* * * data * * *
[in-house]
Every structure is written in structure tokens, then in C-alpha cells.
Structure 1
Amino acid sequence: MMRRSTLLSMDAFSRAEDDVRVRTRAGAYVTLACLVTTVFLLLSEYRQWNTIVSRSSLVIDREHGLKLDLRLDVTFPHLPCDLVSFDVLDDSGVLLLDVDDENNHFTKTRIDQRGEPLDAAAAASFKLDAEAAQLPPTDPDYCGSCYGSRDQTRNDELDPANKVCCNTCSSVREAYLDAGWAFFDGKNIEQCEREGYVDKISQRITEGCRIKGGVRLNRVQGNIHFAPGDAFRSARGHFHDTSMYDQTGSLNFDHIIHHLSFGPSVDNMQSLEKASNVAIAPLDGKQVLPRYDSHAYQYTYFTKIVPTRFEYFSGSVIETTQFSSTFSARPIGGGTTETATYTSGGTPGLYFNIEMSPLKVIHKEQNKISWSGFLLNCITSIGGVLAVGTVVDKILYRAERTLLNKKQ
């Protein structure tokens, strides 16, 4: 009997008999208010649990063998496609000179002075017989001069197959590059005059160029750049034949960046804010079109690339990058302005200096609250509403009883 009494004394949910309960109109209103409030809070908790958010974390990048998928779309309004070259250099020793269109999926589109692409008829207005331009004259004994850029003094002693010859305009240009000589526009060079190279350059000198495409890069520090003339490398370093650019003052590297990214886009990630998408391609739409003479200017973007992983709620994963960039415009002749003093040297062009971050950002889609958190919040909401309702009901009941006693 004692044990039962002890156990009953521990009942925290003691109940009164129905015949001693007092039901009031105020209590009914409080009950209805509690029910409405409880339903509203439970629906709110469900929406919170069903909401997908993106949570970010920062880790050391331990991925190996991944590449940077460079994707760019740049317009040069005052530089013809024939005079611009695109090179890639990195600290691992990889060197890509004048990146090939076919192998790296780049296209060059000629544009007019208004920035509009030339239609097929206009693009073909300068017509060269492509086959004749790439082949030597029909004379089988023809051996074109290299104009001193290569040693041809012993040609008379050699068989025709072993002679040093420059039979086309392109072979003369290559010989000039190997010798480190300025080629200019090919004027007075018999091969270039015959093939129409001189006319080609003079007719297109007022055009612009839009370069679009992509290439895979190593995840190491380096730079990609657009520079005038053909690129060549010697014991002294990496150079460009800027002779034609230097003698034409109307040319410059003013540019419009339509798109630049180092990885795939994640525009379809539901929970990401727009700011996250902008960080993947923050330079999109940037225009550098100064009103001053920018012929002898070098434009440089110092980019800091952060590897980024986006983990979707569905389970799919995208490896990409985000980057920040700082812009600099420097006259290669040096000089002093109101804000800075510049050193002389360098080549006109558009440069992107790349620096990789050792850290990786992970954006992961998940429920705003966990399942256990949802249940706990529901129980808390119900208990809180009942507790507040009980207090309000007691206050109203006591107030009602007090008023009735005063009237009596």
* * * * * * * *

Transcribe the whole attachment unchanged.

[in-house]
Every structure is written in structure tokens, then in C-alpha cells.
Structure 1
Amino acid sequence: MMRRSTLLSMDAFSRAEDDVRVRTRAGAYVTLACLVTTVFLLLSEYRQWNTIVSRSSLVIDREHGLKLDLRLDVTFPHLPCDLVSFDVLDDSGVLLLDVDDENNHFTKTRIDQRGEPLDAAAAASFKLDAEAAQLPPTDPDYCGSCYGSRDQTRNDELDPANKVCCNTCSSVREAYLDAGWAFFDGKNIEQCEREGYVDKISQRITEGCRIKGGVRLNRVQGNIHFAPGDAFRSARGHFHDTSMYDQTGSLNFDHIIHHLSFGPSVDNMQSLEKASNVAIAPLDGKQVLPRYDSHAYQYTYFTKIVPTRFEYFSGSVIETTQFSSTFSARPIGGGTTETATYTSGGTPGLYFNIEMSPLKVIHKEQNKISWSGFLLNCITSIGGVLAVGTVVDKILYRAERTLLNKKQ
């Protein structure tokens, strides 16, 4: 009997008999208010649990063998496609000179002075017989001069197959590059005059160029750049034949960046804010079109690339990058302005200096609250509403009883 009494004394949910309960109109209103409030809070908790958010974390990048998928779309309004070259250099020793269109999926589109692409008829207005331009004259004994850029003094002693010859305009240009000589526009060079190279350059000198495409890069520090003339490398370093650019003052590297990214886009990630998408391609739409003479200017973007992983709620994963960039415009002749003093040297062009971050950002889609958190919040909401309702009901009941006693 004692044990039962002890156990009953521990009942925290003691109940009164129905015949001693007092039901009031105020209590009914409080009950209805509690029910409405409880339903509203439970629906709110469900929406919170069903909401997908993106949570970010920062880790050391331990991925190996991944590449940077460079994707760019740049317009040069005052530089013809024939005079611009695109090179890639990195600290691992990889060197890509004048990146090939076919192998790296780049296209060059000629544009007019208004920035509009030339239609097929206009693009073909300068017509060269492509086959004749790439082949030597029909004379089988023809051996074109290299104009001193290569040693041809012993040609008379050699068989025709072993002679040093420059039979086309392109072979003369290559010989000039190997010798480190300025080629200019090919004027007075018999091969270039015959093939129409001189006319080609003079007719297109007022055009612009839009370069679009992509290439895979190593995840190491380096730079990609657009520079005038053909690129060549010697014991002294990496150079460009800027002779034609230097003698034409109307040319410059003013540019419009339509798109630049180092990885795939994640525009379809539901929970990401727009700011996250902008960080993947923050330079999109940037225009550098100064009103001053920018012929002898070098434009440089110092980019800091952060590897980024986006983990979707569905389970799919995208490896990409985000980057920040700082812009600099420097006259290669040096000089002093109101804000800075510049050193002389360098080549006109558009440069992107790349620096990789050792850290990786992970954006992961998940429920705003966990399942256990949802249940706990529901129980808390119900208990809180009942507790507040009980207090309000007691206050109203006591107030009602007090008023009735005063009237009596």